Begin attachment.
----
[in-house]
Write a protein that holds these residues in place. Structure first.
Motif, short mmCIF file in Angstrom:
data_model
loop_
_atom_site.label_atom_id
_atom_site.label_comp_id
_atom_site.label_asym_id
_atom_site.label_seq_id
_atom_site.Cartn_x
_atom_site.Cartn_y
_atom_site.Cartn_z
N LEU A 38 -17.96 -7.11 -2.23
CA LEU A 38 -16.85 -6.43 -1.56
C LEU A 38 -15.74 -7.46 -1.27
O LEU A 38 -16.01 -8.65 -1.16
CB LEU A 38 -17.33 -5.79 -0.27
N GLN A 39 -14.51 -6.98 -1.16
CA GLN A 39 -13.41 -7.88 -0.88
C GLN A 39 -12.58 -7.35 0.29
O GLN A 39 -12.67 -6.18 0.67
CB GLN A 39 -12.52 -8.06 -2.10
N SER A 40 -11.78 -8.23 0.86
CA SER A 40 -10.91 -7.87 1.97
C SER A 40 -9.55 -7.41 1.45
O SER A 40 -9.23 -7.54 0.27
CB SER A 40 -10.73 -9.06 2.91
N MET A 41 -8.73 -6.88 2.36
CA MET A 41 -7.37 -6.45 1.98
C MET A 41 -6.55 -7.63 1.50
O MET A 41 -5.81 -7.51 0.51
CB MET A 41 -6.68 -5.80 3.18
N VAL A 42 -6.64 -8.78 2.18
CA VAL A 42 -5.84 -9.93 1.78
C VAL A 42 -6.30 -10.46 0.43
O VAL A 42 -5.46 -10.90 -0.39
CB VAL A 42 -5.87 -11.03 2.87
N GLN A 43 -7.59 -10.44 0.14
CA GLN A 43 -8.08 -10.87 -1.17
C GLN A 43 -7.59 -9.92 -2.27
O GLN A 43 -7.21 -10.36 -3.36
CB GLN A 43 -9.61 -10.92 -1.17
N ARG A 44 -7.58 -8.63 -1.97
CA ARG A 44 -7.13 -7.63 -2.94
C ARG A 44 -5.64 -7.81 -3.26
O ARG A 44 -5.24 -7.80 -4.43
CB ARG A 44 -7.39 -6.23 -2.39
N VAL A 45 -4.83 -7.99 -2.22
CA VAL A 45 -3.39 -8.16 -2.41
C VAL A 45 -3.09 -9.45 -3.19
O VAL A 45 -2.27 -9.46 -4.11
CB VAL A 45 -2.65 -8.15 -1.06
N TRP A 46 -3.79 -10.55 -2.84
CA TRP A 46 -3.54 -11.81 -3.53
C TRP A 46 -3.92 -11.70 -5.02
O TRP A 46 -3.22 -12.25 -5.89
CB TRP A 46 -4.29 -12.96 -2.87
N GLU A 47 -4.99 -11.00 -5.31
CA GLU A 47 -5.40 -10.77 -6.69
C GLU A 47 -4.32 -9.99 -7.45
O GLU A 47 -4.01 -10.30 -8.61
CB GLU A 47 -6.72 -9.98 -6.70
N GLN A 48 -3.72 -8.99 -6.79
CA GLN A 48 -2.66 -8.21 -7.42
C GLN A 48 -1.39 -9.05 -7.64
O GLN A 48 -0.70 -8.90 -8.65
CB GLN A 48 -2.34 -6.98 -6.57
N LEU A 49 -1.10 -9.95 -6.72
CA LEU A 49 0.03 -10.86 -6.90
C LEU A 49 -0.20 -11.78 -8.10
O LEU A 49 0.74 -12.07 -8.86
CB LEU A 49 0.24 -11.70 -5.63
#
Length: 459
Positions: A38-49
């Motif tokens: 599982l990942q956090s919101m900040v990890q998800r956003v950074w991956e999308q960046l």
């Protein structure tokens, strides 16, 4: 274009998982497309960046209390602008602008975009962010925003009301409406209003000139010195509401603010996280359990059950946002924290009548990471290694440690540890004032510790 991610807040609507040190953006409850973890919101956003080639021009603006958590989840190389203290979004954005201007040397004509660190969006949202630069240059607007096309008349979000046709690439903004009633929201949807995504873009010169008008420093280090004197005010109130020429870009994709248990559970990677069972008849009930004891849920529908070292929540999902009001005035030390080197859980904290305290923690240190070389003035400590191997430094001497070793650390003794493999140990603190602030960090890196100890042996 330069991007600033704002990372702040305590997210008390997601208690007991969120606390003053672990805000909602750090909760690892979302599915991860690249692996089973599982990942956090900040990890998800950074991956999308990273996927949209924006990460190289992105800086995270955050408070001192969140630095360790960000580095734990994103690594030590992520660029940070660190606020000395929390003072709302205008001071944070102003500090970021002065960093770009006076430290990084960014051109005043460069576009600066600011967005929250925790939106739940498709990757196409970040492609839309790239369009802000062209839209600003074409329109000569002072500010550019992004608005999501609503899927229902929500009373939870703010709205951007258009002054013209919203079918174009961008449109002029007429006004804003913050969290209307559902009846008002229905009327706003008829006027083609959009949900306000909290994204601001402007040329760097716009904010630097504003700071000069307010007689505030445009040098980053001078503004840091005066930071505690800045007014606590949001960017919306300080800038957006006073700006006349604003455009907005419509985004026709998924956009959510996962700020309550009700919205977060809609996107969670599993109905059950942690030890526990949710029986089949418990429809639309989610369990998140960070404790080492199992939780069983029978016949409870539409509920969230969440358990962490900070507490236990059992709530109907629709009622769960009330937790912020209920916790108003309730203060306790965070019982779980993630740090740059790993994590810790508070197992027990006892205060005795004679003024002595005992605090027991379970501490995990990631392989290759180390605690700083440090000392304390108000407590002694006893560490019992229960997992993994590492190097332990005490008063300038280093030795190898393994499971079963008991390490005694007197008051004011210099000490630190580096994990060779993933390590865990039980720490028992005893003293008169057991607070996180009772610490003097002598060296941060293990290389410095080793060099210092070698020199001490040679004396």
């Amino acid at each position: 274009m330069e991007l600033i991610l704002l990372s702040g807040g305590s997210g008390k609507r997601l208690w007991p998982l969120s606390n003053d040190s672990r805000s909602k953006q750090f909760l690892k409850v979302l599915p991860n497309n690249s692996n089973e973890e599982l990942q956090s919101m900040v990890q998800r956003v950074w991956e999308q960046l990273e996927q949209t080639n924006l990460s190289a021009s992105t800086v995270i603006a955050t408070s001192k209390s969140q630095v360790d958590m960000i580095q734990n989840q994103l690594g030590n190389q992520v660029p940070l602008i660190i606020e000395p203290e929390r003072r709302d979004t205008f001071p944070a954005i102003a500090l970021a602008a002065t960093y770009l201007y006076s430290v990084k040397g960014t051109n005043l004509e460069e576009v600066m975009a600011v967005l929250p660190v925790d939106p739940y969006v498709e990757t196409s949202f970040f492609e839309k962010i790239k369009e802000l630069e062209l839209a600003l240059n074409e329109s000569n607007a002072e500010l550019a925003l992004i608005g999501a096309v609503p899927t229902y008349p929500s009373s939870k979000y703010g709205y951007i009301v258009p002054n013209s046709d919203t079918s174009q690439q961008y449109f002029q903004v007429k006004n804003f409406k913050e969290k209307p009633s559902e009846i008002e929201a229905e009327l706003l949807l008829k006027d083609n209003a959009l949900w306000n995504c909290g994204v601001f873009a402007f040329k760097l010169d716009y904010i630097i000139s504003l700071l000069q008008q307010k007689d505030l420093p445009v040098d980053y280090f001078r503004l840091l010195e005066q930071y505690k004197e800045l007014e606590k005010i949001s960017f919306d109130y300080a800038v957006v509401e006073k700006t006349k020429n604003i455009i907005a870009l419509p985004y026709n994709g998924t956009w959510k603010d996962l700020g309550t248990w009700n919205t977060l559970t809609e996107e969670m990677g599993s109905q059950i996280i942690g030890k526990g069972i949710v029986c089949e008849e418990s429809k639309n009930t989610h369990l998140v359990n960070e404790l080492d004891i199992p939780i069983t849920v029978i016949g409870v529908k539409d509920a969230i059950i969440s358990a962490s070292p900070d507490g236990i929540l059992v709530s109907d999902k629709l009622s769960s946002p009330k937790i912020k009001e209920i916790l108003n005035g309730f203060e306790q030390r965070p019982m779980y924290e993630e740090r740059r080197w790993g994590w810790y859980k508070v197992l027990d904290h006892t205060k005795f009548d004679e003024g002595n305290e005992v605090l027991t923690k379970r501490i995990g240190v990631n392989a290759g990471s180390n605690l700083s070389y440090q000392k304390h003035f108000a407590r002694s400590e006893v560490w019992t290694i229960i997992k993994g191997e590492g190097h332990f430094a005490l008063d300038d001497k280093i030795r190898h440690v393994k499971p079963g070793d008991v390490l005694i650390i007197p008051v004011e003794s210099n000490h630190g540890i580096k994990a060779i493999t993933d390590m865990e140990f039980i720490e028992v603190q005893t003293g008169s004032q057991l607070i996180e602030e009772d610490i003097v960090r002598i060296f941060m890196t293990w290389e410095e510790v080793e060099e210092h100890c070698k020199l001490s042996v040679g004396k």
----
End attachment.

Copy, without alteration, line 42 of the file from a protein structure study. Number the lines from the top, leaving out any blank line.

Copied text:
CB GLN A 43 -9.61 -10.92 -1.17